Beginner Cat Photo Skills

How to Capture Stunning Bokeh

Welcome to Week Three of the Dash Kitten Fun Photo Projects for Cats.

After last week’s amazing exploration of apps and their potential, I thought you might like to try something more relaxing this week. One idea, bokeh for beginners, one non-challenging project, one lovely result. Interested?

Let me introduce you to the magic of ‘bokeh‘.

You don’t need any expensive new equipment only the camera you have, and the ability to transfer images to your computer either by cable or wi-fi. Compacts, smartphones and DSLRs are all welcome. There is a Table of Contents to help you navigate your way through the post.

This Week’s Challenge is to take a photo using bokeh, or a bokeh filter (compact/smartphone)

What is Bokeh?

Bokeh is the lovely softness or blur that you can create, or add with a filter, to allow your cat’s face and figure to stand out from the background. The effect is different from ‘soft focus’ which gives the whole photo a hazy blur. Wikipedia describes Bokeh as “the quality of the blur produced in out-of-focus parts of an image”. The effect can be created with a DSLR camera, and replicated by a compact or smartphone camera.

Cat Gazing out of a window. Soft focus background.
Bokeh – Toulouse with distant foliage background. ISO 200 178 mm F5.6 1/40 ©

Bokeh Photography for Beginners

How To Get The Best Bokeh Results

I will set out brief details of how to try this technique for compact cameras, DSLR cameras and Smartphones. While taking a photo with a DSLR for nice bokeh is easier, there are workarounds, and alternatives for other camera users to try.

Bokeh settings for DSLR Cameras

If you look online you might be overwhelmed by the amount of information about the best lens for bokeh, and the best how-to’s, and the best information. It might seem scary and technical. What I did on my photos was take it one step at a time and work out a few basic settings before I started.

Shoot your photos in Aperture Priority or Manual (if you are confident in manual mode). Manual lets you choose both your aperture and shutter speed. Aperture Priority lets you choose your f/stop letting your camera choose the right shutter speed for the photograph.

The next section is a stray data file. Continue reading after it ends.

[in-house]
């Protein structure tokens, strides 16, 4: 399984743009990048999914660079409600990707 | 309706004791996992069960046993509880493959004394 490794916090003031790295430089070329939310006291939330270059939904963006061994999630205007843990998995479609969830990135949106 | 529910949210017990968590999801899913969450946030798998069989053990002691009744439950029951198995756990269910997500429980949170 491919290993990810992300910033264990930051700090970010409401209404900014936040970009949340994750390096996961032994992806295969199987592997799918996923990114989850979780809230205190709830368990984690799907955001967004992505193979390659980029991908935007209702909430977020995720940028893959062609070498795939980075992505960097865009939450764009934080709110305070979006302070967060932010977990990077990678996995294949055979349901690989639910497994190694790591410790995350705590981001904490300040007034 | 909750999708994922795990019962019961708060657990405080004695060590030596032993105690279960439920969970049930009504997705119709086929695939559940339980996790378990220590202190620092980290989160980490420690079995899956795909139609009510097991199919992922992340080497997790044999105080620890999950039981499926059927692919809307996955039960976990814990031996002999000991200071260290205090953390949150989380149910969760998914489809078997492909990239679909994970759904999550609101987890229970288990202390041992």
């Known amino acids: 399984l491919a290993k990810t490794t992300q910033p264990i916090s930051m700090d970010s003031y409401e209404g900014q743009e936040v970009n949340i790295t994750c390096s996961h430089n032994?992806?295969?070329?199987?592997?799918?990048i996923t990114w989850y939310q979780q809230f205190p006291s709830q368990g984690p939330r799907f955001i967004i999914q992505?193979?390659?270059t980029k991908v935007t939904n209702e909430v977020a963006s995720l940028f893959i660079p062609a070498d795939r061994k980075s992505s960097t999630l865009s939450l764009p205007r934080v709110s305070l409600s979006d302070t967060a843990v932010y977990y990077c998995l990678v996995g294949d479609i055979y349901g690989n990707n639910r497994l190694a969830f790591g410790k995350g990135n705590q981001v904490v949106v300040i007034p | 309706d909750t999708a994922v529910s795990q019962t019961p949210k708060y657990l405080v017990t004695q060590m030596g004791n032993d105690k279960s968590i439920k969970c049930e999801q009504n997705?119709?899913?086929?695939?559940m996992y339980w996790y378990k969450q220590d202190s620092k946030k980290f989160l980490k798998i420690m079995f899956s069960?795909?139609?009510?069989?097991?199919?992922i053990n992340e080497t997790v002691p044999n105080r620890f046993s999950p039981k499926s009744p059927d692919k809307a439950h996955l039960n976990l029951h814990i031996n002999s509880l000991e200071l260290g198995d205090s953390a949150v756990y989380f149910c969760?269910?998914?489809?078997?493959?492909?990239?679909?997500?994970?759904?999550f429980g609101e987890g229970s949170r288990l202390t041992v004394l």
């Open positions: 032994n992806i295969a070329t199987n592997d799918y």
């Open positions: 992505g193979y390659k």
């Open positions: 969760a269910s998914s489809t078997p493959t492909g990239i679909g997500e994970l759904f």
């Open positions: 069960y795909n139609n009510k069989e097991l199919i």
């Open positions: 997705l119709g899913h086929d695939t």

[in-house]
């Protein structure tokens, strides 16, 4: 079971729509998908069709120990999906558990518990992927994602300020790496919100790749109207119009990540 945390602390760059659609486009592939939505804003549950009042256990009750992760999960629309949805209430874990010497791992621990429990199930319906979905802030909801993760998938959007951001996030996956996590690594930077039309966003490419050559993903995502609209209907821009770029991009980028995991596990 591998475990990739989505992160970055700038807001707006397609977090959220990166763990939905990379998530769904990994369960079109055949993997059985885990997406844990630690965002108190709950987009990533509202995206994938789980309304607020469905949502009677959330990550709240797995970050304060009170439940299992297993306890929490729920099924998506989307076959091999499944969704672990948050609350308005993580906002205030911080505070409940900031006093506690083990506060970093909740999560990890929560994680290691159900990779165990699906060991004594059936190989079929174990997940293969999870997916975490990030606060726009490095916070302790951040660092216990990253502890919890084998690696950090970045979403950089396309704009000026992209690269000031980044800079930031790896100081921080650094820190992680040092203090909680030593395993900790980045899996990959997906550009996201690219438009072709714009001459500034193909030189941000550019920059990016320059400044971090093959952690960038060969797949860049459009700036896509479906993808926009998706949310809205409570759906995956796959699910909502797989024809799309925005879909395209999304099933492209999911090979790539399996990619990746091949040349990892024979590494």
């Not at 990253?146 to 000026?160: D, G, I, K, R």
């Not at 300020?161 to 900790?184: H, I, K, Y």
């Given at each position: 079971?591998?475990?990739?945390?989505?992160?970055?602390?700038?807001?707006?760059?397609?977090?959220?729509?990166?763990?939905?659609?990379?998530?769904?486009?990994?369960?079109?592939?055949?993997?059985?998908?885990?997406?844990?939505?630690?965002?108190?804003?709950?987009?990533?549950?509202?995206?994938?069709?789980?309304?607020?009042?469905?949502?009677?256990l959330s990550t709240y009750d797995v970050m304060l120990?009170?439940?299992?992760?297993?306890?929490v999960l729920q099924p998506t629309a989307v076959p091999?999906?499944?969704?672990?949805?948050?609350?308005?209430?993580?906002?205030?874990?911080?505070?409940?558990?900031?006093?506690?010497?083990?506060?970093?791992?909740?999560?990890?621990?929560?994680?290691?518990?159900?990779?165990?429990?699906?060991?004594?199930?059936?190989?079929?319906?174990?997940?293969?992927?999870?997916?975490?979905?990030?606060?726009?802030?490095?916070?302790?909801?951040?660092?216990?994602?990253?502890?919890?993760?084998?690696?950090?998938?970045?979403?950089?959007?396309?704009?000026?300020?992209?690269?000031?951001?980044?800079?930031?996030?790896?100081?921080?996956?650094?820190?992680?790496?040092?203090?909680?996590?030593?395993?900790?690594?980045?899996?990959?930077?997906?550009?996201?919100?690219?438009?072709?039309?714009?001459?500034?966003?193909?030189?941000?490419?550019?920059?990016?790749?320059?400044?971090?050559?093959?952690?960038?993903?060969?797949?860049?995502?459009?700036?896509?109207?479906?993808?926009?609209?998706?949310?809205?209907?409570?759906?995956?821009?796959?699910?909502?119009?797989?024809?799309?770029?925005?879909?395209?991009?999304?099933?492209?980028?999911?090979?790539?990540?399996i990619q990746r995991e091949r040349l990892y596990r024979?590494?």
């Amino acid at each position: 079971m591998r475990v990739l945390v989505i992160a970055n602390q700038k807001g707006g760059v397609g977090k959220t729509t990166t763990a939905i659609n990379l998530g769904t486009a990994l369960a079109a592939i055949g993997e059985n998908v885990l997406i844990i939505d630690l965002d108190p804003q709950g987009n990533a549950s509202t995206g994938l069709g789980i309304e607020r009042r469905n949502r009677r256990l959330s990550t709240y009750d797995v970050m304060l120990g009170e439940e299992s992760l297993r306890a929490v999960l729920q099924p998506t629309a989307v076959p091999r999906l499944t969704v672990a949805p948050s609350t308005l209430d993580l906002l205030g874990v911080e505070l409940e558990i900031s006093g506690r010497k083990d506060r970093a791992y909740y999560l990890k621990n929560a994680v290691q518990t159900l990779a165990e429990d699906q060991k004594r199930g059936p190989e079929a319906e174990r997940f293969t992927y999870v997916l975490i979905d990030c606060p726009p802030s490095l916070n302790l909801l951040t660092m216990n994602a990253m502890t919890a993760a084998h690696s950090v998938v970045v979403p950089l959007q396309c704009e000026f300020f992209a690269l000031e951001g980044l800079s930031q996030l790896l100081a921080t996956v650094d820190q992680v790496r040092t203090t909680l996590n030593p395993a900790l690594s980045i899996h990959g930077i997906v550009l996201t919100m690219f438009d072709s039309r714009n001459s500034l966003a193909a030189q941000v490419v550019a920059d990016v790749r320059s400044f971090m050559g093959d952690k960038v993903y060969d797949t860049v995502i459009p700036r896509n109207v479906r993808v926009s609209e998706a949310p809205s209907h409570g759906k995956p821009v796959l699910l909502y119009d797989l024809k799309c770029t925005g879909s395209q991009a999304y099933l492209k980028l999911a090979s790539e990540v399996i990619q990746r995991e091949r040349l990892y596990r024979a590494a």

You do not need fancy lenses. I have taken some lovely cat photos with my favourite (and inexpensive) 50mm ‘nifty fifty’ Canon lens. All major brands have a similar option.

The photograph of Dot below is a personal favourite. The bokeh effect diffuses the foliage and distant cat into a soft abstract while Dot looks nice and sharp. I have added the settings below the image.

Cat portrait. Cat sat on a seat.
ISO 2500 55 mm F 5.6 1/800 © Dash Kitten

An alternative suggestion for Lenses

If you have a telephoto/zoom lens use that and zoom in close. The first image in this post, of Toulouse the tabby was taken with a telephoto lens from some distance away. The bokeh came out amazingly well as a result. I am thrilled and will use this method again.

Some people insist on a very fast lens. But read this from Nikon first. “Don’t worry if you don’t own a very fast lens. By increasing the distance between the background and your subject, you can see bokeh in images that are shot at smaller apertures like f/8.

Cat posed on the floor looking at the camera
Not my best early bokeh © ISO 800 55 mm F 16 1/250

This photo of a cat at the Neko Ngeru Cat Adoption Cafe shows one of my first attempts at bokeh. The background is slightly blurry but not very successful. This happens!

  • NOTE: For DSLR users, I set too deep a depth of field so a lot of the background is more noticeable. A shallow depth of field (F5.6) would have been better. For non DSLR users, I would have got closer to Peanut and hoped that the background was far enough away.

Bokeh Effects with a Compact Camera

Before you get frustrated with your compact, remember that it was created for people to take pictures where everything will be in focus. These cameras are brilliant for pointing and focusing and being worry-free for holidays and family parties. But, having said that…….

Most digital compacts will be able to produce out of focus areas. The thing to remember is that your model needs to be very close to you and the background far away so set up your shot with as much care as you can. Your camera will focus on your cat and not focus on anything in the distance. This arrangement will allow you to fool your camera to achieve a soft bokeh.

  • Make sure your cat is isolated from the background and focus on the cat. Anything else close by will be on focus too so make sure you remove these from the shot.
  • Use a very well lit area or go outside. Good light is a photographer’s best friend.